Do you ever wonder if you’re eating the right foods to maximize the benefits from your workout sessions? If you struggle with nagging injuries, constant fatigue, or find it difficult to put on muscle, there may be ways you can improve your diet. This article will outline fueling strategies you can utilize to optimize exercise performance and recovery.
As a personal trainer I have gotten many questions about fueling for workouts. Ranging from somewhat plausible to downright misinformed, maybe a few of these questions have crossed your mind at some point. Does working out on an empty stomach help to shed pounds faster? Does eating a high fat meal before a workout train the body to use fat for energy? Do I need to be fueling during workouts? Does nutrient timing matter?
To answer these questions, we need to start at the beginning. What role does nutrition play in athletic performance anyway?
Goals of Fueling for a Workout
If we are adequately fueled, our bodies are able to maintain a steady supply of glucose in the blood. This will cause us to feel energized, and prevent the feeling of “hitting the wall.” When we no longer have enough glucose available to fuel our activity, our bodies will turn to our muscles as an energy source. Through a process known as gluconeogenesis, our body can convert amino acids into glucose. Over time, this will lead to muscle loss. Adequate nutrition will help to build lean body mass back during recovery. Without enough nutrients, our bodies will use its own tissues as an energy source, ultimately inhibiting performance and body composition goals.
What macronutrients should I eat before and after my workout?
For optimal athletic performance, recovery, and general health, all of the major macronutrients (carbohydrate, fat and protein) are necessary. However, for pre + post workout purposes, carbohydrate and protein are the most important.
Carbohydrate provides us energy for the workout and protects the muscles from being used as energy. Protein helps us to rebuild muscles and a little bit of fat can help to sustain longer workouts.
What are some examples of pre and post workout foods?
As a general rule, the closer you are eating to your workout, the easier the food should be to digest. This means lower in fiber, and fat and higher in carbohydrate. If you are eating within an hour or less of your workout, focus on a quick digesting carbohydrate such as fruit, crackers, or pretzels. After your workout, consume roughly 40-60 grams of carbohydrates (individual needs may be greater based on training intensity) and 20-30 grams of protein. This can be accomplished with Greek yogurt + fruit, a turkey sandwich + pretzels or a protein shake + milk and berries. For specific recommendations based on your activity levels, fitness goals and food preferences, talk with a sports dietitian who can help to develop a personalized plan.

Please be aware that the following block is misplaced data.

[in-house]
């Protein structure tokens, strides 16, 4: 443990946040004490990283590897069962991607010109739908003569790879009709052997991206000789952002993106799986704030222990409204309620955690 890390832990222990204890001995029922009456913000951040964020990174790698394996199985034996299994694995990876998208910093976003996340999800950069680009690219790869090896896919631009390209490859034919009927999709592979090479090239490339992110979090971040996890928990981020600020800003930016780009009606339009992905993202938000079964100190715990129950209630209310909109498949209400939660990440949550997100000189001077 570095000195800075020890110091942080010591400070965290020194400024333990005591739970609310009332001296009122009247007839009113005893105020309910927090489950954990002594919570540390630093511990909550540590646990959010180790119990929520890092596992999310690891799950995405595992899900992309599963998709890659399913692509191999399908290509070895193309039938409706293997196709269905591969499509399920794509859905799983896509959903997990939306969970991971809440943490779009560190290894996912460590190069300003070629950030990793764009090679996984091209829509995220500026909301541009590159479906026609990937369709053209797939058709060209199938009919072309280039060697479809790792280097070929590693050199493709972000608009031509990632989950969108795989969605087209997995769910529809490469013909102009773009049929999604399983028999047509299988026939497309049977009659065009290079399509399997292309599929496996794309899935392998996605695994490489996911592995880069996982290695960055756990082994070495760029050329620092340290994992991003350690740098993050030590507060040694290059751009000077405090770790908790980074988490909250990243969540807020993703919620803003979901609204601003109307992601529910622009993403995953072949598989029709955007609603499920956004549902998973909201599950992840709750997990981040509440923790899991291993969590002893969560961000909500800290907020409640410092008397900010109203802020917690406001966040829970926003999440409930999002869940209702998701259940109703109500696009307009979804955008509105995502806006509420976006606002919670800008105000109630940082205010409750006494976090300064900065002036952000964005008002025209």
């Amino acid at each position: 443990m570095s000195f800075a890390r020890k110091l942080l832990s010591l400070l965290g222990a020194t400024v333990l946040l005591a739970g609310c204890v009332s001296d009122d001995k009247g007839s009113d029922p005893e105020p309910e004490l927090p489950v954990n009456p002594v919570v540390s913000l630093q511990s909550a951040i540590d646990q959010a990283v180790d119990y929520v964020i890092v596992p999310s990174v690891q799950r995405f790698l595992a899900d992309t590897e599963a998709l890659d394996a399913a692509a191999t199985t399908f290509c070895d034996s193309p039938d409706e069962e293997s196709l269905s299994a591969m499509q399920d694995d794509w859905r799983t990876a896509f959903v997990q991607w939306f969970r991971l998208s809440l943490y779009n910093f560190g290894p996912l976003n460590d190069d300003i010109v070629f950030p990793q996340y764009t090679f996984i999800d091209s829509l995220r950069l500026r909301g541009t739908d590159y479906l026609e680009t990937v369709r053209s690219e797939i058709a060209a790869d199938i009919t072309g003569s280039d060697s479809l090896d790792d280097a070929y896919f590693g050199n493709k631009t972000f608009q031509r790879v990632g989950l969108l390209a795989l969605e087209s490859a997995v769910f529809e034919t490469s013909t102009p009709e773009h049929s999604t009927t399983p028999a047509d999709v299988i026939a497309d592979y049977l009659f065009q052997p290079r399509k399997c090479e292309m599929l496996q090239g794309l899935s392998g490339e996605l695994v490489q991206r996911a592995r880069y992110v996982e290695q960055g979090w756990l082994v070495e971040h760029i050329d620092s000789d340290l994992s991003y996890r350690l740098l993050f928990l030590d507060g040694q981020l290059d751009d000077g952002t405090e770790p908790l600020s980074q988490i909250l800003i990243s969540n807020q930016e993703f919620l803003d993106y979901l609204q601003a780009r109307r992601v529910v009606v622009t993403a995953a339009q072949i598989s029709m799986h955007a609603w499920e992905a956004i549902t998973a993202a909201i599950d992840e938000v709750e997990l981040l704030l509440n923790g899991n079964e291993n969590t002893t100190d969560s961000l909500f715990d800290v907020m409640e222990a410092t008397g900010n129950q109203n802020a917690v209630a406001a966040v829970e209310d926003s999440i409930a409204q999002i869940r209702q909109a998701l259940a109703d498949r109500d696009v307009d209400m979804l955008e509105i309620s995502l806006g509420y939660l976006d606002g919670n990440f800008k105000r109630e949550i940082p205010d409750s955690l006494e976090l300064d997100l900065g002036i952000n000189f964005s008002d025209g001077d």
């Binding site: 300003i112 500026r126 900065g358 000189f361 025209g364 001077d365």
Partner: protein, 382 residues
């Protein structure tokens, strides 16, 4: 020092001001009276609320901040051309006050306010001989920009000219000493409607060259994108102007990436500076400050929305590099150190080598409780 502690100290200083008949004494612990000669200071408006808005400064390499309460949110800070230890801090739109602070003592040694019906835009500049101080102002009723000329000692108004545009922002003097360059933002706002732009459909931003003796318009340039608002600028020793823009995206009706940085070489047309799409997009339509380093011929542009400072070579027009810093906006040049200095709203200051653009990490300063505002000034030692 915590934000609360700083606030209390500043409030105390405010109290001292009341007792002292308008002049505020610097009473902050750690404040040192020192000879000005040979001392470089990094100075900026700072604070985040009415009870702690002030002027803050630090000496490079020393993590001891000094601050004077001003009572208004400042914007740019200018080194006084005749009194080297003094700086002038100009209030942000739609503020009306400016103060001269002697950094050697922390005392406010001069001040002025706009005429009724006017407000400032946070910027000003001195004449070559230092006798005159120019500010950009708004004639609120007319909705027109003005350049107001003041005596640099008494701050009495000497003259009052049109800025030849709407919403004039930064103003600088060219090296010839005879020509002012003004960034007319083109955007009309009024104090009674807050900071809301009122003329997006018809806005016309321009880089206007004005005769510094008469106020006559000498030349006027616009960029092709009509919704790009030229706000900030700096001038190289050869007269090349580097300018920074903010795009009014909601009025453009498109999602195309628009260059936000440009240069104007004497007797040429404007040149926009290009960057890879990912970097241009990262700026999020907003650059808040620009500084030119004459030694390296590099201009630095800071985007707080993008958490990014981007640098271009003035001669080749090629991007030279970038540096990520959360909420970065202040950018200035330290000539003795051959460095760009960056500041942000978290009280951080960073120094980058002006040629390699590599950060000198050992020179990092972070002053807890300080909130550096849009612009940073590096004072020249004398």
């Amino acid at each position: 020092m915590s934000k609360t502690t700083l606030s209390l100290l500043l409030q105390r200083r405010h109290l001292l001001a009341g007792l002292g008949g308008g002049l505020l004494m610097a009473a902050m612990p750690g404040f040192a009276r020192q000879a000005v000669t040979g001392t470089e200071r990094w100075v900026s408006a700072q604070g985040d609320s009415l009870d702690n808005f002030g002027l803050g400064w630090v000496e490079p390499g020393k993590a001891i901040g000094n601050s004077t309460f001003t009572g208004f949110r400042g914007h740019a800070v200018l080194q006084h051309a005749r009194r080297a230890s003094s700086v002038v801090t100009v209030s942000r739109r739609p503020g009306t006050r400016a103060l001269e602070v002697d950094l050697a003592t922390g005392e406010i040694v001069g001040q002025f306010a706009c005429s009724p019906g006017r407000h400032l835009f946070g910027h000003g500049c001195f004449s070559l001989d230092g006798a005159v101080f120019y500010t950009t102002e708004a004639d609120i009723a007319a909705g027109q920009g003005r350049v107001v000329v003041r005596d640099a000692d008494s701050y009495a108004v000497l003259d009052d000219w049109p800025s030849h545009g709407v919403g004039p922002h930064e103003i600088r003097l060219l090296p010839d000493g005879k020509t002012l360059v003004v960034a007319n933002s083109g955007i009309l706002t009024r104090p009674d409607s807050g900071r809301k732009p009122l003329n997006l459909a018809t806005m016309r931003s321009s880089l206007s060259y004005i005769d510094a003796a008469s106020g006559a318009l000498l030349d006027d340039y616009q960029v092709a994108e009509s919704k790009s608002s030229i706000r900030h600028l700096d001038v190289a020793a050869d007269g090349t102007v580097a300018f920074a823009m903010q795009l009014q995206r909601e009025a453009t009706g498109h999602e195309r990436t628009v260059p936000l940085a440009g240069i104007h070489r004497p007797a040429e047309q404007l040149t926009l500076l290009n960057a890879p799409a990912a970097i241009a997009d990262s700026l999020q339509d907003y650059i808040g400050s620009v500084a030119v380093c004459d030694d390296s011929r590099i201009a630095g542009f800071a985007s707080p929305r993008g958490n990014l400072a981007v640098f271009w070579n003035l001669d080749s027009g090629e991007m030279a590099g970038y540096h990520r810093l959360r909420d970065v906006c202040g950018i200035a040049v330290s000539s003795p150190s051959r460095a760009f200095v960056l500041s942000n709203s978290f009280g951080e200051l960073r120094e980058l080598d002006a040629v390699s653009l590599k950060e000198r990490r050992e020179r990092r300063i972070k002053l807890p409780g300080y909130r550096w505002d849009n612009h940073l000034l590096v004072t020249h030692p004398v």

Not feeling any of these snack options? Check out these 10 high protein snacks to try during your next workout!
Should I be Eating During my Workouts?
For workouts up to 60-90 minutes, no intra-workout fueling is required. As long as you eat a full meal within a couple of hours before + after your workout, in addition to your pre or post workout snack, you will be adequately nourished.
As you push the 1.5 hour mark, your body will start to deplete it’s glycogen stores. This is what causes our limbs to feel like dead weight, or that we just can’t push anymore. If you notice this happening during longer sessions, try packing fruit snacks, pretzels, rice cakes, or sports drinks/gels during your next workout. Aim to get between 30-60 grams/hour depending on workout intensity. It might take some trial and error to find out what you will tolerate best.
If my goal is weight loss, should I restrict food around workouts to lose weight faster?
The answer is no! Weight loss ≠ fat loss. If you want to lose fat, the best strategy is to eat your largest meals closer to the times you are most active during the day. If you under fuel for your workouts, you are more likely to get injured, become needlessly fatigued, and diminish your muscle mass. Yes you will burn more fat during the workouts, but this does not mean you will lose more fat over time. This type of strategy will harm your fitness goals in the long term.
The Bottom Line
When exercising for one hour or less, regular meals spaced throughout the day will likely provide enough energy to support your workouts. Consume food rich in carbohydrate and protein in the half hour following your workout for optimal physical adaptation. When exercising for over an hour or when sessions are very intense, pre- and intra- workout fueling will be necessary. The exact timing and amount will depend on and workout length and intensity and individual tolerance for specific foods. If digestive issues are impeding your workout performance, this article may help you to identify common culprits.
I don’t know where to start!
That’s totally normal! Nobody jumps into training and knows everything at once. There are a lot of unknowns when starting a new training or nutrition program. How will your body react? What are your preferences and limitations? What are the areas that you need to focus on to see improvements? The best programs are not only customized to your specific needs, but keep you accountable when motivation fades away. If you’re not sure where to start, or you’ve tried it on your own and aren’t making the progress you want to see, it may be time to connect with a sports dietitian!